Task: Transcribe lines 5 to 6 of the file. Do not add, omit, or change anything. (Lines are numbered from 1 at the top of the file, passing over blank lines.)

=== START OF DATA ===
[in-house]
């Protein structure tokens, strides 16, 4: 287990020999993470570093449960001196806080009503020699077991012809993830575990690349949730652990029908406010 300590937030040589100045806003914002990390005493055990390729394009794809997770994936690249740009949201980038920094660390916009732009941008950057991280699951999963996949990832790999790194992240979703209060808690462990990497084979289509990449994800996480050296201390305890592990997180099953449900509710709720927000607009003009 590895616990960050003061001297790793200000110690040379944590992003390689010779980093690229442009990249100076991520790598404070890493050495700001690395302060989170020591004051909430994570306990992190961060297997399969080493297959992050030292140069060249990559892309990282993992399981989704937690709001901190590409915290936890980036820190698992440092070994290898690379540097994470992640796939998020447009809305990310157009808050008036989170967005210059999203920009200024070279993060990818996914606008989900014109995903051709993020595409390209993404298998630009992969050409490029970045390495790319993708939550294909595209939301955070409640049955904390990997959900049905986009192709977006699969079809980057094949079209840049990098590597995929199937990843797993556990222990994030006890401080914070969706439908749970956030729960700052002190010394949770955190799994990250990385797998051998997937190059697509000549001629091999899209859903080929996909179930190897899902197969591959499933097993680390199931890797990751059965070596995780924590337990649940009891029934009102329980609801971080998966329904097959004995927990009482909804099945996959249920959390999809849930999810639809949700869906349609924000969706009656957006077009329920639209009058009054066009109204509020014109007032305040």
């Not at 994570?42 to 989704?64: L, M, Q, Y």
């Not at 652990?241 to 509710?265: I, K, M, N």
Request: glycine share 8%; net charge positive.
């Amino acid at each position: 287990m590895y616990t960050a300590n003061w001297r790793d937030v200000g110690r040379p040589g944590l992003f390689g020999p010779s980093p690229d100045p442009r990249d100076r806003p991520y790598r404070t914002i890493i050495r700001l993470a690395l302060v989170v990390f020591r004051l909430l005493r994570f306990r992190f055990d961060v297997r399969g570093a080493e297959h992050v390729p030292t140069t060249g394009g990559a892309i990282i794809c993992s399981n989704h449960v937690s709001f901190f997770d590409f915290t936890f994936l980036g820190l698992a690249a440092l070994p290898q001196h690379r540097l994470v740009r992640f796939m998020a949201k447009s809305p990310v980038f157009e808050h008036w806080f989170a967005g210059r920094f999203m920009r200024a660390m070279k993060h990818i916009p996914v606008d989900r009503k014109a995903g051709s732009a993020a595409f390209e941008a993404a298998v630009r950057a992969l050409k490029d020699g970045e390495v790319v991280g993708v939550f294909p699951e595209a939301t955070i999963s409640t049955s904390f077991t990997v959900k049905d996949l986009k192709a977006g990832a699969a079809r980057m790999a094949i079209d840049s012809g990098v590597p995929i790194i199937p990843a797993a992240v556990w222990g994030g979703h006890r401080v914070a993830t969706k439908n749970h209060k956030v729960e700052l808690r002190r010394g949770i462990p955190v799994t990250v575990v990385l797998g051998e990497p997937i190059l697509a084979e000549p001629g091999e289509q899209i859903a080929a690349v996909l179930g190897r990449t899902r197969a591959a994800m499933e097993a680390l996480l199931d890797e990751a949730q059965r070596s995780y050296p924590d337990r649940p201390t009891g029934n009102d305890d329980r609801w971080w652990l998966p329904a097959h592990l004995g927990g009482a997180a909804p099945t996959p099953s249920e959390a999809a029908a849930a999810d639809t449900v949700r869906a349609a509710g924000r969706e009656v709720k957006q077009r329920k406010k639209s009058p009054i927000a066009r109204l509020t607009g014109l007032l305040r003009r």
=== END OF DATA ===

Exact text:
Request: glycine share 8%; net charge positive.
């Amino acid at each position: 287990m590895y616990t960050a300590n003061w001297r790793d937030v200000g110690r040379p040589g944590l992003f390689g020999p010779s980093p690229d100045p442009r990249d100076r806003p991520y790598r404070t914002i890493i050495r700001l993470a690395l302060v989170v990390f020591r004051l909430l005493r994570f306990r992190f055990d961060v297997r399969g570093a080493e297959h992050v390729p030292t140069t060249g394009g990559a892309i990282i794809c993992s399981n989704h449960v937690s709001f901190f997770d590409f915290t936890f994936l980036g820190l698992a690249a440092l070994p290898q001196h690379r540097l994470v740009r992640f796939m998020a949201k447009s809305p990310v980038f157009e808050h008036w806080f989170a967005g210059r920094f999203m920009r200024a660390m070279k993060h990818i916009p996914v606008d989900r009503k014109a995903g051709s732009a993020a595409f390209e941008a993404a298998v630009r950057a992969l050409k490029d020699g970045e390495v790319v991280g993708v939550f294909p699951e595209a939301t955070i999963s409640t049955s904390f077991t990997v959900k049905d996949l986009k192709a977006g990832a699969a079809r980057m790999a094949i079209d840049s012809g990098v590597p995929i790194i199937p990843a797993a992240v556990w222990g994030g979703h006890r401080v914070a993830t969706k439908n749970h209060k956030v729960e700052l808690r002190r010394g949770i462990p955190v799994t990250v575990v990385l797998g051998e990497p997937i190059l697509a084979e000549p001629g091999e289509q899209i859903a080929a690349v996909l179930g190897r990449t899902r197969a591959a994800m499933e097993a680390l996480l199931d890797e990751a949730q059965r070596s995780y050296p924590d337990r649940p201390t009891g029934n009102d305890d329980r609801w971080w652990l998966p329904a097959h592990l004995g927990g009482a997180a909804p099945t996959p099953s249920e959390a999809a029908a849930a999810d639809t449900v949700r869906a349609a509710g924000r969706e009656v709720k957006q077009r329920k406010k639209s009058p009054i927000a066009r109204l509020t607009g014109l007032l305040r003009r």